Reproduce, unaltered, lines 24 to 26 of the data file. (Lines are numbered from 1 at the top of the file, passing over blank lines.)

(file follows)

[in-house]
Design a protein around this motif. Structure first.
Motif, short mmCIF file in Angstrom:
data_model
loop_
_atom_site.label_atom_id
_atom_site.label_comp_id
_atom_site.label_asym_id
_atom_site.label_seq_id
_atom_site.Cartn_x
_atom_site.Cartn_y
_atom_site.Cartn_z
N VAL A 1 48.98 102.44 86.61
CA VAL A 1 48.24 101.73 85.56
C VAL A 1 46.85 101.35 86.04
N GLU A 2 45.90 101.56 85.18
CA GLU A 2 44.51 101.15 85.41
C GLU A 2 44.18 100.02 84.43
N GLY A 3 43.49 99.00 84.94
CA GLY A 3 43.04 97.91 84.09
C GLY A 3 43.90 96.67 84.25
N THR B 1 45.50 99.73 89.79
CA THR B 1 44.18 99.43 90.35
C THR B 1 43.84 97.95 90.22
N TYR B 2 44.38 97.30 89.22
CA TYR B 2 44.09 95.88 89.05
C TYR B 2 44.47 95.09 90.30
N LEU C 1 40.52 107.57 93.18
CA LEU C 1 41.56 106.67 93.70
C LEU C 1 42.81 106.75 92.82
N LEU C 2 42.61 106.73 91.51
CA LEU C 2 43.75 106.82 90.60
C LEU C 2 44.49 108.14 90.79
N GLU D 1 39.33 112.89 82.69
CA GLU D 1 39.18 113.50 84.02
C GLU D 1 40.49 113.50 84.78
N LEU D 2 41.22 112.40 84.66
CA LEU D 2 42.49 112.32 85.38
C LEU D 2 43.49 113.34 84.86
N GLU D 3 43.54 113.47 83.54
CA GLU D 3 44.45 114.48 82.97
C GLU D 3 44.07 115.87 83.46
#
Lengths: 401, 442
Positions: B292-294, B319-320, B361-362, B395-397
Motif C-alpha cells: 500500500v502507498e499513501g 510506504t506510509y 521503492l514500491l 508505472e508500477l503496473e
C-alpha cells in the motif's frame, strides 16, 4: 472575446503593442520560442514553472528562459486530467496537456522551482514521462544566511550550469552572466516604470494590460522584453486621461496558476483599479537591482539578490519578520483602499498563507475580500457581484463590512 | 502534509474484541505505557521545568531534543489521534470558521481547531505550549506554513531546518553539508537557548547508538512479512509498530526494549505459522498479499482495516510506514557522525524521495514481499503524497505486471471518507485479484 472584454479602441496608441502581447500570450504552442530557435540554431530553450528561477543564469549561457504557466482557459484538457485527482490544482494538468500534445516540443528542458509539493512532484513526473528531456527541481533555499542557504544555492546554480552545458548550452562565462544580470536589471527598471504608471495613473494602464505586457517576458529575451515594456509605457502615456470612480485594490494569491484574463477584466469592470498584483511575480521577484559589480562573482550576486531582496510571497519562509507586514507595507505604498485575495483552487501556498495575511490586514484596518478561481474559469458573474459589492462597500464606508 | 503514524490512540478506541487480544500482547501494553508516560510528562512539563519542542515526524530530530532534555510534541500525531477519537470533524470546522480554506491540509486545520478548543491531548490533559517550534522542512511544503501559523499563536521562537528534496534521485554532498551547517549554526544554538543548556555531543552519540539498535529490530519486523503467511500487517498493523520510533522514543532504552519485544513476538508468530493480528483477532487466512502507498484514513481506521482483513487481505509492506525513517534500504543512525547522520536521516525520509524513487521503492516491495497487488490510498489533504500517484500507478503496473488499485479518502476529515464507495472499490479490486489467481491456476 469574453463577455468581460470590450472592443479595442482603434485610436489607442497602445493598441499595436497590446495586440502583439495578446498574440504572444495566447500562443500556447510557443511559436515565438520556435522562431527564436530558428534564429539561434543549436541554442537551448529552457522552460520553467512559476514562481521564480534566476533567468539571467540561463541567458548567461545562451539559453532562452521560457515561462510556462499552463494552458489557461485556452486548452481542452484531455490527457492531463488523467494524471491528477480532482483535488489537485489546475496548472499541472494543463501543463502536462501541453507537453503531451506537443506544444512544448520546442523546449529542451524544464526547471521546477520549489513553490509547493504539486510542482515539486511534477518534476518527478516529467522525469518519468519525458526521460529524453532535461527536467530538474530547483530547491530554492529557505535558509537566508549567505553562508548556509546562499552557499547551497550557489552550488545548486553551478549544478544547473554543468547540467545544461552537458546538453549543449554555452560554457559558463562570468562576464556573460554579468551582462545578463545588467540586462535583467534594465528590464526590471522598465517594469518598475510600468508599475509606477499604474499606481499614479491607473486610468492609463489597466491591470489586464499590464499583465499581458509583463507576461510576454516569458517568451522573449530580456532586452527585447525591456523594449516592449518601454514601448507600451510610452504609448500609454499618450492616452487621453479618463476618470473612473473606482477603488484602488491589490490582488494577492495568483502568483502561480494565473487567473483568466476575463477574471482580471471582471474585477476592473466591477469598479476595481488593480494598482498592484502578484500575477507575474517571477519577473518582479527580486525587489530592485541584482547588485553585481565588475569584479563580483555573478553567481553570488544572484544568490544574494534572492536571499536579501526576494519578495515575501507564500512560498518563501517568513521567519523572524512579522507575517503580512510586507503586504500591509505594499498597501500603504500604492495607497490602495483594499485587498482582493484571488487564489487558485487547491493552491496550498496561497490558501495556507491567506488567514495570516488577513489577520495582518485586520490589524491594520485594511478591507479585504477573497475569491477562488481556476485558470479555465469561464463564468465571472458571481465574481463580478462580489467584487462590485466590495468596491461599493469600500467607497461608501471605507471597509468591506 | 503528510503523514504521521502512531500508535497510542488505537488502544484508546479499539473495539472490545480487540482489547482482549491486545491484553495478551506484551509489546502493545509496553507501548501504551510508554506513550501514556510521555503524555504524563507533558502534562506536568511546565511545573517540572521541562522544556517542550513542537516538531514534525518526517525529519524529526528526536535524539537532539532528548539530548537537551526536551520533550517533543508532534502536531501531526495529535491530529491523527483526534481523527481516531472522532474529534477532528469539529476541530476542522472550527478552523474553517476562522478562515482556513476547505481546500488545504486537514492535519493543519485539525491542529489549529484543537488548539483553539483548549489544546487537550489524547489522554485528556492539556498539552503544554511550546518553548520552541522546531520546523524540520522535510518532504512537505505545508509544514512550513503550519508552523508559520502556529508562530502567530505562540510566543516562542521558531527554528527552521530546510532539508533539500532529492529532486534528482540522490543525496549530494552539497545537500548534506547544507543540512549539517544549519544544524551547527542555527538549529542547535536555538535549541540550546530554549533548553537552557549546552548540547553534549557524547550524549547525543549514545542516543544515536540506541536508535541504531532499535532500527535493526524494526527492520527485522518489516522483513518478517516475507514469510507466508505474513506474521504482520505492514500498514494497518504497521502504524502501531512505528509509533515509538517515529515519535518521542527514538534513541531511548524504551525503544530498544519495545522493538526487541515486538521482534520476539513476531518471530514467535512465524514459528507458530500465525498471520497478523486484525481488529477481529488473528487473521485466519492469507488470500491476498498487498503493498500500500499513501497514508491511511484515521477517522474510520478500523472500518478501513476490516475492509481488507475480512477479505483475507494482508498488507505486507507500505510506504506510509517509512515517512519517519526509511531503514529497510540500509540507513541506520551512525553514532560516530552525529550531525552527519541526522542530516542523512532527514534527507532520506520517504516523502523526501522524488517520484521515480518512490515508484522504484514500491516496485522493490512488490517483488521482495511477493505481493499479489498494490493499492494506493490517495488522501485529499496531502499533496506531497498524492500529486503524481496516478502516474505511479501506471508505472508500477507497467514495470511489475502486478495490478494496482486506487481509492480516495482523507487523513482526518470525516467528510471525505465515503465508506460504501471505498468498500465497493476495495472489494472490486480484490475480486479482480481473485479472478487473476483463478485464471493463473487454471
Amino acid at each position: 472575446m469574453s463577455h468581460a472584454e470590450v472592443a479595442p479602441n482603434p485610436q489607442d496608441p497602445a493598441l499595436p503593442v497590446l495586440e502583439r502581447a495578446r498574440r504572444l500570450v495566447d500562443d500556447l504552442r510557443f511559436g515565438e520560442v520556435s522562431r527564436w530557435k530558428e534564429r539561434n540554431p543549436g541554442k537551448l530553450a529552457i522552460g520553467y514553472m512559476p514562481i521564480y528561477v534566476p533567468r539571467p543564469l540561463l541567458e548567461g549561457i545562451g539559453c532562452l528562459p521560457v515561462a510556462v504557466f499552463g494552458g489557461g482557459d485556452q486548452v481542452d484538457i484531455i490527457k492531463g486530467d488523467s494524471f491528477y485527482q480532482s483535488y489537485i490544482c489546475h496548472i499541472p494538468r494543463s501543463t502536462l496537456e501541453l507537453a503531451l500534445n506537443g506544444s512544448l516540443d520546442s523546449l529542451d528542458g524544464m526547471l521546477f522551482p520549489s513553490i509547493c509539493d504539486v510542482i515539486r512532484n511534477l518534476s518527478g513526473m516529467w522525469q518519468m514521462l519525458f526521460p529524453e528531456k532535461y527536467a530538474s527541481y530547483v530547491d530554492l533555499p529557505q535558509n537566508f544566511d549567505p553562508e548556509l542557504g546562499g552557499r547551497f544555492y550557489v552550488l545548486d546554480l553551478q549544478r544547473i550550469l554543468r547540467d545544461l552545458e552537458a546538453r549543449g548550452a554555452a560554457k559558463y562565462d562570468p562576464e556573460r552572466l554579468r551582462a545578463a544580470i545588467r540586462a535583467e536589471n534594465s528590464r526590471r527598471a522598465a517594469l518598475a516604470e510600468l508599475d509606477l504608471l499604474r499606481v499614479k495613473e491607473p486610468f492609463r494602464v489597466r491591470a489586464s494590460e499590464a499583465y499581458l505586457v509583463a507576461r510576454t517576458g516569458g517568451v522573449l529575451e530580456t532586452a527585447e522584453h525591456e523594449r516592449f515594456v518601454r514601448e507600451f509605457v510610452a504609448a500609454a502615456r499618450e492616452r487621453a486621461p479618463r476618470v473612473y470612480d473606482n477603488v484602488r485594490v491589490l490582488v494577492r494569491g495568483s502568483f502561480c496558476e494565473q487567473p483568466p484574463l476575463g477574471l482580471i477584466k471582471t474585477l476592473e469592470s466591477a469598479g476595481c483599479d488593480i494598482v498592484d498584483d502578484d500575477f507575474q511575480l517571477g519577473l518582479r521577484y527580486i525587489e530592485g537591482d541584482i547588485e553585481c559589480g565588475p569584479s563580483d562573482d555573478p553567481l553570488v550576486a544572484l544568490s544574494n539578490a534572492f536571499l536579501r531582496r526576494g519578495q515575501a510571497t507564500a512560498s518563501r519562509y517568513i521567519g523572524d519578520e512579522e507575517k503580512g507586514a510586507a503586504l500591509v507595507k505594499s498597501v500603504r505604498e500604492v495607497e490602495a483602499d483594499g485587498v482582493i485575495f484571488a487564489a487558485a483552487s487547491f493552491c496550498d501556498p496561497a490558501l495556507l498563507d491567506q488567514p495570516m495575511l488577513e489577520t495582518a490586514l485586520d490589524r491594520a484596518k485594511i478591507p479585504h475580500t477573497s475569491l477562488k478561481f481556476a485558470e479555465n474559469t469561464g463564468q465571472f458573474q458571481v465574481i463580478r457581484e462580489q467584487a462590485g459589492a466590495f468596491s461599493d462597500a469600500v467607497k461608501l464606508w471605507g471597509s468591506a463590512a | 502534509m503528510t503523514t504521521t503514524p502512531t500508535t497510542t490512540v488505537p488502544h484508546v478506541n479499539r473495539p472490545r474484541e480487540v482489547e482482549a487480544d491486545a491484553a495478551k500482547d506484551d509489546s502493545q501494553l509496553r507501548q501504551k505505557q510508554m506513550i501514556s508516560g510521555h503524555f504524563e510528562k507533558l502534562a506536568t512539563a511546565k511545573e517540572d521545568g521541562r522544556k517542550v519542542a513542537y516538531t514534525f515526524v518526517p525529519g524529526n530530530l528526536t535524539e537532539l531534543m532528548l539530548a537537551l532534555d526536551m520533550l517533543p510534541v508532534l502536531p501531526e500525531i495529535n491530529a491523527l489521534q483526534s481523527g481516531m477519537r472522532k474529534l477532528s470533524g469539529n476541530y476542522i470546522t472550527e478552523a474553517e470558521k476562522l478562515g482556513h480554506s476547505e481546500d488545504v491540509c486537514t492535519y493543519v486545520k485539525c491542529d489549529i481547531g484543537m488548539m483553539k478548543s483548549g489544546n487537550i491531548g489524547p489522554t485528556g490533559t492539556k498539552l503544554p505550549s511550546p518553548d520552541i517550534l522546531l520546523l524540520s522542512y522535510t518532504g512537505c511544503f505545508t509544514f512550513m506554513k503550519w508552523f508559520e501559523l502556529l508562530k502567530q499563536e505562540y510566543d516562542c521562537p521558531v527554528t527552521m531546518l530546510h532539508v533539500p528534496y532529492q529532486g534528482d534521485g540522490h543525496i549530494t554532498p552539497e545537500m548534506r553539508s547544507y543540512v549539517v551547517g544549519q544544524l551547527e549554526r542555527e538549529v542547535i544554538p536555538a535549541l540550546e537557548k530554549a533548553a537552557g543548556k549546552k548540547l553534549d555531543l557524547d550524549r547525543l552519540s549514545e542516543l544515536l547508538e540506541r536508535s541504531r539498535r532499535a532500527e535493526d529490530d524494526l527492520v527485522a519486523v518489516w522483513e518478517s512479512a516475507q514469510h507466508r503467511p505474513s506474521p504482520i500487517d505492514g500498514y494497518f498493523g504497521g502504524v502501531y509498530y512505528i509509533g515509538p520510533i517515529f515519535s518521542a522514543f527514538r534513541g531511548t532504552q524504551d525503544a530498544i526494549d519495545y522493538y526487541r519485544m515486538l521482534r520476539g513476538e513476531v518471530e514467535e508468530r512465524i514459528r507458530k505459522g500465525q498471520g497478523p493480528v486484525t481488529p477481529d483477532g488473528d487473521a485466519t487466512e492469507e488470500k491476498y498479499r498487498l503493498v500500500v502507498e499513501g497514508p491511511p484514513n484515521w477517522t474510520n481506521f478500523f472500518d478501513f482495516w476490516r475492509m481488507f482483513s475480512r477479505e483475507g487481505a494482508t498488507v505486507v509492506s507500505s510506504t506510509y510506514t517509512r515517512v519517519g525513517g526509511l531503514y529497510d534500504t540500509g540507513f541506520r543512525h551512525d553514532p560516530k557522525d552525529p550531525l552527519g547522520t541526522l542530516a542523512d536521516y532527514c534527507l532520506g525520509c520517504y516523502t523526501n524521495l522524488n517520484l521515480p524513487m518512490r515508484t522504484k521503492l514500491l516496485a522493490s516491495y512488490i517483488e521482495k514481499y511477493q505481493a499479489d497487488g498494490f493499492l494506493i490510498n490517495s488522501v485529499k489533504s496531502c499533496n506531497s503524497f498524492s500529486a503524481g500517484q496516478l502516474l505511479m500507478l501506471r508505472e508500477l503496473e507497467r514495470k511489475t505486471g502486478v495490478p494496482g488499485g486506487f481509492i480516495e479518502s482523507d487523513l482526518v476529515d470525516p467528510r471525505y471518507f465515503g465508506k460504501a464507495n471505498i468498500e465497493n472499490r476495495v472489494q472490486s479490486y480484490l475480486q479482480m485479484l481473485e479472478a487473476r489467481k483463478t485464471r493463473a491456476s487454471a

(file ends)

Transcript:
C THR B 1 43.84 97.95 90.22
N TYR B 2 44.38 97.30 89.22
CA TYR B 2 44.09 95.88 89.05